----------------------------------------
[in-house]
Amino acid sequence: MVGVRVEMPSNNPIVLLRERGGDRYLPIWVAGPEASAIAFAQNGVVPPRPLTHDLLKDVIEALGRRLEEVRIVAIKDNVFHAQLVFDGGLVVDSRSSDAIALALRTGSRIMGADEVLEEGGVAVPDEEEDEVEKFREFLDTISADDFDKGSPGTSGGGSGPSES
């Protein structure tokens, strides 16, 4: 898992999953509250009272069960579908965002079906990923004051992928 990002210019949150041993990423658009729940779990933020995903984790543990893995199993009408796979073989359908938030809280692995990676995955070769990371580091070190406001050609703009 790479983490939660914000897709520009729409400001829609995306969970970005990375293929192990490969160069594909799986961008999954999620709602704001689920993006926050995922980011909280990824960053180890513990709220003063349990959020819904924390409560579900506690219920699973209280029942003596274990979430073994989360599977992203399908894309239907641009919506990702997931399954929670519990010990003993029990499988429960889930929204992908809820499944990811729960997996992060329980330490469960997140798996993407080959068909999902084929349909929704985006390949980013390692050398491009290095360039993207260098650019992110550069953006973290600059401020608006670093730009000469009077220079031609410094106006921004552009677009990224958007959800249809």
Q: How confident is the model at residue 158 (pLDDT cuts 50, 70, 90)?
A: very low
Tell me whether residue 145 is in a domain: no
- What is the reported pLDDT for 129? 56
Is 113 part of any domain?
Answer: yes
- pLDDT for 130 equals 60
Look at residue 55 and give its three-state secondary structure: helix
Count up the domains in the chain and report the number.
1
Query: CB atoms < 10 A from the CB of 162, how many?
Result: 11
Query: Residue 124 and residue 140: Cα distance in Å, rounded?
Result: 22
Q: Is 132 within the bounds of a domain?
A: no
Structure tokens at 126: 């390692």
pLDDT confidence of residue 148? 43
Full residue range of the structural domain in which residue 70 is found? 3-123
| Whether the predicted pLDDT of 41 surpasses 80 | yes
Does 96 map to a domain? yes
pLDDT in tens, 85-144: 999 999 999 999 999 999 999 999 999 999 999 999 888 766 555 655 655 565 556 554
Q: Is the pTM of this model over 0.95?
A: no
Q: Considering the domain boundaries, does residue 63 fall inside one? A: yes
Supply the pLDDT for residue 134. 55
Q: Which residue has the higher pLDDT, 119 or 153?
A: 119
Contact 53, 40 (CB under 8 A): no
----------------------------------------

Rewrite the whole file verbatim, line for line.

[in-house]
Amino acid sequence: MVGVRVEMPSNNPIVLLRERGGDRYLPIWVAGPEASAIAFAQNGVVPPRPLTHDLLKDVIEALGRRLEEVRIVAIKDNVFHAQLVFDGGLVVDSRSSDAIALALRTGSRIMGADEVLEEGGVAVPDEEEDEVEKFREFLDTISADDFDKGSPGTSGGGSGPSES
């Protein structure tokens, strides 16, 4: 898992999953509250009272069960579908965002079906990923004051992928 990002210019949150041993990423658009729940779990933020995903984790543990893995199993009408796979073989359908938030809280692995990676995955070769990371580091070190406001050609703009 790479983490939660914000897709520009729409400001829609995306969970970005990375293929192990490969160069594909799986961008999954999620709602704001689920993006926050995922980011909280990824960053180890513990709220003063349990959020819904924390409560579900506690219920699973209280029942003596274990979430073994989360599977992203399908894309239907641009919506990702997931399954929670519990010990003993029990499988429960889930929204992908809820499944990811729960997996992060329980330490469960997140798996993407080959068909999902084929349909929704985006390949980013390692050398491009290095360039993207260098650019992110550069953006973290600059401020608006670093730009000469009077220079031609410094106006921004552009677009990224958007959800249809």
Q: How confident is the model at residue 158 (pLDDT cuts 50, 70, 90)?
A: very low
Tell me whether residue 145 is in a domain: no
- What is the reported pLDDT for 129? 56
Is 113 part of any domain?
Answer: yes
- pLDDT for 130 equals 60
Look at residue 55 and give its three-state secondary structure: helix
Count up the domains in the chain and report the number.
1
Query: CB atoms < 10 A from the CB of 162, how many?
Result: 11
Query: Residue 124 and residue 140: Cα distance in Å, rounded?
Result: 22
Q: Is 132 within the bounds of a domain?
A: no
Structure tokens at 126: 């390692």
pLDDT confidence of residue 148? 43
Full residue range of the structural domain in which residue 70 is found? 3-123
| Whether the predicted pLDDT of 41 surpasses 80 | yes
Does 96 map to a domain? yes
pLDDT in tens, 85-144: 999 999 999 999 999 999 999 999 999 999 999 999 888 766 555 655 655 565 556 554
Q: Is the pTM of this model over 0.95?
A: no
Q: Considering the domain boundaries, does residue 63 fall inside one? A: yes
Supply the pLDDT for residue 134. 55
Q: Which residue has the higher pLDDT, 119 or 153?
A: 119
Contact 53, 40 (CB under 8 A): no